What Is Carrying Value?

Carrying value or book value is the value of an asset according to the figures shown (carried) in a company’s balance sheet. Carrying value is calculated as the original cost of the asset less any depreciation, amortization, or impairment costs.

Formula to Calculate Carrying or Book Value

Book Value or Carrying Value = Total Assets – Total Liabilities
Tangible Book Value = Tangible Assets – Total Liabilities
In the second formula, tangible assets is equal to (total assets – goodwill and intangible assets).

Uses of Carrying or Book Value

Carrying value has two main uses:

  1. When carrying value is compared to an enterprise’s market value, it can indicate whether a stock is underpriced or overpriced.
  2. In personal finance, an investment’s carrying value is the price paid for it in shares/stock or debt. When this stock or debt is sold, the selling price less the book value is the capital gain/loss from investment.

Therefore, carrying value is the accounting value of the enterprise. In other words, it is the total value of the enterprise’s assets that owners (shareholders) would theoretically receive if an enterprise was liquidated.

In reality, carrying value does not always reflect what shareholders will receive in the event of liquidation. For example, even if the inventory is stated at full cost (100% value) in the books, who would want to buy a bunch of Pentium IV chips if the company goes out of business?

This means that the realization value of assets of ongoing concern is different from the value of assets under liquidation.

It is important to predict the fair value of all assets when an enterprise stops its operations. Generally, it is estimated that the fair values of cash and cash equivalents, short-term investments (less than one year), and long-term investments (beyond one year) are equal to 100% of the book value.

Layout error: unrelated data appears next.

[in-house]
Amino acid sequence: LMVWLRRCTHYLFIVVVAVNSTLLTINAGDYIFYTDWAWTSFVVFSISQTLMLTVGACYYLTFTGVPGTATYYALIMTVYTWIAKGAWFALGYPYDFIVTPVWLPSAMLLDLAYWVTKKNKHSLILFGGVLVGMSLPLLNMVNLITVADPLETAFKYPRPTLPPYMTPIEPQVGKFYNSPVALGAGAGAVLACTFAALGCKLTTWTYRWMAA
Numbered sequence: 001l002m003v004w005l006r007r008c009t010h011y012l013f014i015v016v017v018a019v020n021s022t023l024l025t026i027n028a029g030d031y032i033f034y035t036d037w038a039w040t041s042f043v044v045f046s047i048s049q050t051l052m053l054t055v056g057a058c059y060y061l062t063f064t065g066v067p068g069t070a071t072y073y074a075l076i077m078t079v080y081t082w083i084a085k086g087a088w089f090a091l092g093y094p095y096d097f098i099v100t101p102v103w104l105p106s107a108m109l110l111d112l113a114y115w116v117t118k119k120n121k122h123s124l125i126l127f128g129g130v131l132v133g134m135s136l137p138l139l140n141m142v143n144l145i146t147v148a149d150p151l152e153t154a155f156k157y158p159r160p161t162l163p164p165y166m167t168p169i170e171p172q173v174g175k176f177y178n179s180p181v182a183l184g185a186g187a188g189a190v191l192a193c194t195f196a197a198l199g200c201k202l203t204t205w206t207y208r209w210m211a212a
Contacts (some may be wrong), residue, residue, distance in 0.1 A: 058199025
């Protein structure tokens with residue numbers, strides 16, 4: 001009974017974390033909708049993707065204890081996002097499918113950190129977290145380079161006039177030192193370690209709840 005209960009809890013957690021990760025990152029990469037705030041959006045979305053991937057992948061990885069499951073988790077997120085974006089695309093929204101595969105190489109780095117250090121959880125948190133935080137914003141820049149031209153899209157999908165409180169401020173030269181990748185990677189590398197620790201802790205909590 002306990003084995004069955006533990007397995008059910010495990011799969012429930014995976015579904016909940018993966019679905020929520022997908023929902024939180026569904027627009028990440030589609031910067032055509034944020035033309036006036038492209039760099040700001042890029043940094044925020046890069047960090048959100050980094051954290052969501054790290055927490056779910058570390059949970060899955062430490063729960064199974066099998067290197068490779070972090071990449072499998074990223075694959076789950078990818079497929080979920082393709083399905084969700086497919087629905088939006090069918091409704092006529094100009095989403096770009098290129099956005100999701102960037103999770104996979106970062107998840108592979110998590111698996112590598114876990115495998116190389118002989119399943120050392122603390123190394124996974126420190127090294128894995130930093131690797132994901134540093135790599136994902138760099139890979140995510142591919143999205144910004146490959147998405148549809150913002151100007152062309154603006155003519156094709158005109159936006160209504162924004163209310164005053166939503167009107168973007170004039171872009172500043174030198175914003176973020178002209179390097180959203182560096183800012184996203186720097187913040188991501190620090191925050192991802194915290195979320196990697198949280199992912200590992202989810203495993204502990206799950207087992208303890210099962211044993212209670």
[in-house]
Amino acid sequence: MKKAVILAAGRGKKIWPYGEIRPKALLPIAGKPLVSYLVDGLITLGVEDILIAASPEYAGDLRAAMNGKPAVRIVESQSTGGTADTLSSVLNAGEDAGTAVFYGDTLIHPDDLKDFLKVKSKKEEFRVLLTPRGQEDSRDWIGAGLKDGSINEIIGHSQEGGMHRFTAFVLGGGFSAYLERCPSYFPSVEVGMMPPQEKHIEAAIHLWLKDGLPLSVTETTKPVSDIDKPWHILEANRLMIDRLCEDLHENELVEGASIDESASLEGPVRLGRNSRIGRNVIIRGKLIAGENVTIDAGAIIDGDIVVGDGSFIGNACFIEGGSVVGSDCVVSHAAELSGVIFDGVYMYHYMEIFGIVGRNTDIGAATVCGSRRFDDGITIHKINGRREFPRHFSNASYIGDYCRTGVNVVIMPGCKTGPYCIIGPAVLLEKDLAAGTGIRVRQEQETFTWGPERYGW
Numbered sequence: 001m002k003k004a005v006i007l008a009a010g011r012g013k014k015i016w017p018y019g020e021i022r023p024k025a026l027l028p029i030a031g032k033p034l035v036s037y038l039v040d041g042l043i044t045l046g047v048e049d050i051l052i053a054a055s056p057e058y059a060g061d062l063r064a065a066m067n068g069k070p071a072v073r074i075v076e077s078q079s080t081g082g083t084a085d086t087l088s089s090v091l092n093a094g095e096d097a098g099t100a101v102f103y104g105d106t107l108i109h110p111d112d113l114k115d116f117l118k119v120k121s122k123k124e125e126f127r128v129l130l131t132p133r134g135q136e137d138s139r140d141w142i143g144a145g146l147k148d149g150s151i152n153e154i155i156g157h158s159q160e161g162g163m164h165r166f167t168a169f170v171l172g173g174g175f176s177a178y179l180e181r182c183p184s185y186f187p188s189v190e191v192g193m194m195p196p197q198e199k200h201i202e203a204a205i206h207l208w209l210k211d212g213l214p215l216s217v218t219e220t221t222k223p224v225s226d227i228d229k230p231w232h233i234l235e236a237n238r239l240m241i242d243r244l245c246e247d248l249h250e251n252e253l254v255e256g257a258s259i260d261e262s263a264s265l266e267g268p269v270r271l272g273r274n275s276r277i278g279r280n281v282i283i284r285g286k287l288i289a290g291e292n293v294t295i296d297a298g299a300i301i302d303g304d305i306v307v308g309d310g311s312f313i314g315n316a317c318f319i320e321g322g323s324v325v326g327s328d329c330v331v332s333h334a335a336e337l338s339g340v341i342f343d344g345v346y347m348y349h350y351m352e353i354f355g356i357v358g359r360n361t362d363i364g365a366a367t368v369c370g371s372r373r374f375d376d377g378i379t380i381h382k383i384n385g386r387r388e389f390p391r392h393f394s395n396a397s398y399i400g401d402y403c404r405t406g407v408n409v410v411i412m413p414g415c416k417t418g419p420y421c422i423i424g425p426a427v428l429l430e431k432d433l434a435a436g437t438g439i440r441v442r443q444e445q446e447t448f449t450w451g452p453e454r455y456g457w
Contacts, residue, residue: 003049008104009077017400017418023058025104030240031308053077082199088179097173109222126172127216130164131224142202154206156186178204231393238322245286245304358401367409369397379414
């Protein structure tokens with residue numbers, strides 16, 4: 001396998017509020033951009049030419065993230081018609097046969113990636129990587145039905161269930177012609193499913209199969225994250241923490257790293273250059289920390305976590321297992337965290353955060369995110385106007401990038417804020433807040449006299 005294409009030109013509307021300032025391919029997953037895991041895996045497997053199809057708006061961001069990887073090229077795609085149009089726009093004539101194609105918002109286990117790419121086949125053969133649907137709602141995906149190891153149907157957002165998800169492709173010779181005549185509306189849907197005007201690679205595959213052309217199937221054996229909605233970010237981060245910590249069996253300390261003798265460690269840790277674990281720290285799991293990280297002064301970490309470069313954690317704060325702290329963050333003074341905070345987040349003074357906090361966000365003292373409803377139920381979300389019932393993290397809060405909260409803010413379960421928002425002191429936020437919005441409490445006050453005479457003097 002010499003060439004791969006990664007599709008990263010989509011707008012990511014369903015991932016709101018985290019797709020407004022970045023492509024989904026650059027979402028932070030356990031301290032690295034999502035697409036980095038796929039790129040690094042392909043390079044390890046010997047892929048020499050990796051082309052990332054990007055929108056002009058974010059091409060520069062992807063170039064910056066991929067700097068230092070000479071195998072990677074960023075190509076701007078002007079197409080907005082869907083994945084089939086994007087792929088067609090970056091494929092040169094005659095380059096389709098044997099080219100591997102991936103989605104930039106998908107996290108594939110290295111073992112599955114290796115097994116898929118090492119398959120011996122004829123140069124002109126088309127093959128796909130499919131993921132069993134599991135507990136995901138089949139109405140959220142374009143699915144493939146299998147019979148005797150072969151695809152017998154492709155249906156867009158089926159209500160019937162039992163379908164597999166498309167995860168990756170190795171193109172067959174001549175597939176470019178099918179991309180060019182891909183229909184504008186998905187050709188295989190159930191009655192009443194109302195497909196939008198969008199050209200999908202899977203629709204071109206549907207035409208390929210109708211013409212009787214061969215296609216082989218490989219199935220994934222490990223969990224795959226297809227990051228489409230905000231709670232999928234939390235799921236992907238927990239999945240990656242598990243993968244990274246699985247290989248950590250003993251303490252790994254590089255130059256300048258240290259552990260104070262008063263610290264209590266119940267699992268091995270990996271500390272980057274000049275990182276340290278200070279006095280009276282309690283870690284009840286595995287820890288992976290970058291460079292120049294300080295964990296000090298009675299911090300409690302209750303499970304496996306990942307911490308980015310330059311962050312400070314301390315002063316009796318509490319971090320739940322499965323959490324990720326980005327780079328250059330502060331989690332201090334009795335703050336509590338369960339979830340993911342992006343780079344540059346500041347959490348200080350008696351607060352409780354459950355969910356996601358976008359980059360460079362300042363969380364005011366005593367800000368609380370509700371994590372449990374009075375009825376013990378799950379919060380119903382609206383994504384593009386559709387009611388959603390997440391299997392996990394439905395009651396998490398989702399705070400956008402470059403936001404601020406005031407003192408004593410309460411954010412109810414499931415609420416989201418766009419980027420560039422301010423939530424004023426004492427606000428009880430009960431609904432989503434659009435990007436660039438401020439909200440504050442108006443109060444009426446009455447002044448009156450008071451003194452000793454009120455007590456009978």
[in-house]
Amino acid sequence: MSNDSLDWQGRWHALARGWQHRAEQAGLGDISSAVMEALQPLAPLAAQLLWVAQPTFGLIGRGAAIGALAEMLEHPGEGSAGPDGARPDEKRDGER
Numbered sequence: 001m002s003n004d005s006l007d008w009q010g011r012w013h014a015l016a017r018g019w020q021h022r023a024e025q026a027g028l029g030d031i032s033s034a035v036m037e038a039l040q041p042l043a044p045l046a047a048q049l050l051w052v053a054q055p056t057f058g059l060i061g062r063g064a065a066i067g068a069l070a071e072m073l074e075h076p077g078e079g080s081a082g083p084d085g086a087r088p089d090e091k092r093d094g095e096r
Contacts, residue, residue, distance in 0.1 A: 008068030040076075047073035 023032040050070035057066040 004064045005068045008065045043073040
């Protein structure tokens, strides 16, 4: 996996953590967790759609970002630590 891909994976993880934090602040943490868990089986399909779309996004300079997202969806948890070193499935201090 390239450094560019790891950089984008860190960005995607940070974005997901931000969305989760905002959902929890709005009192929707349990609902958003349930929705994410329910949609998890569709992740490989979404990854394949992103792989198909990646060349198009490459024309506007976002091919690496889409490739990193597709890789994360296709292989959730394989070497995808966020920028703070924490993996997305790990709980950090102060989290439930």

The fair values of different items are given below:

  • Accounts receivable (Debtors + B/R) and inventory items are equal to 50% of the carrying value.
  • Plant and equipment items are equal to around 25% of the carrying value.
  • Land and buildings, in a business-oriented city, may be beyond 100% of the carrying value.
  • Goodwill and intangible items are equal to 0%.
  • Liabilities, because they should be paid in full, have a fair value equal to 100% of the carrying value.

Hence, if an enterprise undergoes liquidation, the fair value prediction of assets clearly indicates that the owners (shareholders) cannot receive the net carrying value of assets.

Importantly, this thought process for determining carrying value versus fair value prediction paves the way for the concept of entity value (or enterprise value), which is a holistic measure of organizational value.


Using the table below, calculate the following:

  1. Carrying value of the assets
  2. Tangible book value of the assets



  1. Carrying Value = Total Assets – Total Liabilities
    $6,000,000 – $1,200,000 = $4,800,000
    Liabilities = Debentures + Bank Overdraft + Accounts Payable
    = $600,000 + $400,000 + $200,000 = $1,200,000
  2. Tangible Book Value = Total Tangible Assets – Total Liabilities
    = $5,100,000 – $1,200,000 = $3,900,000
    Tangible Assets = Total Assets – (Goodwill + Patent Rights)
    = $6,000,000 – ($500,000 + $400,000) = $5,100,000

True is a Certified Educator in Personal Finance (CEPF®), contributes to his financial education site, Finance Strategists, and has spoken to various financial communities such as the CFA Institute, as well as university students like his Alma mater, Biola University, where he received a bachelor of science in business and data analytics.

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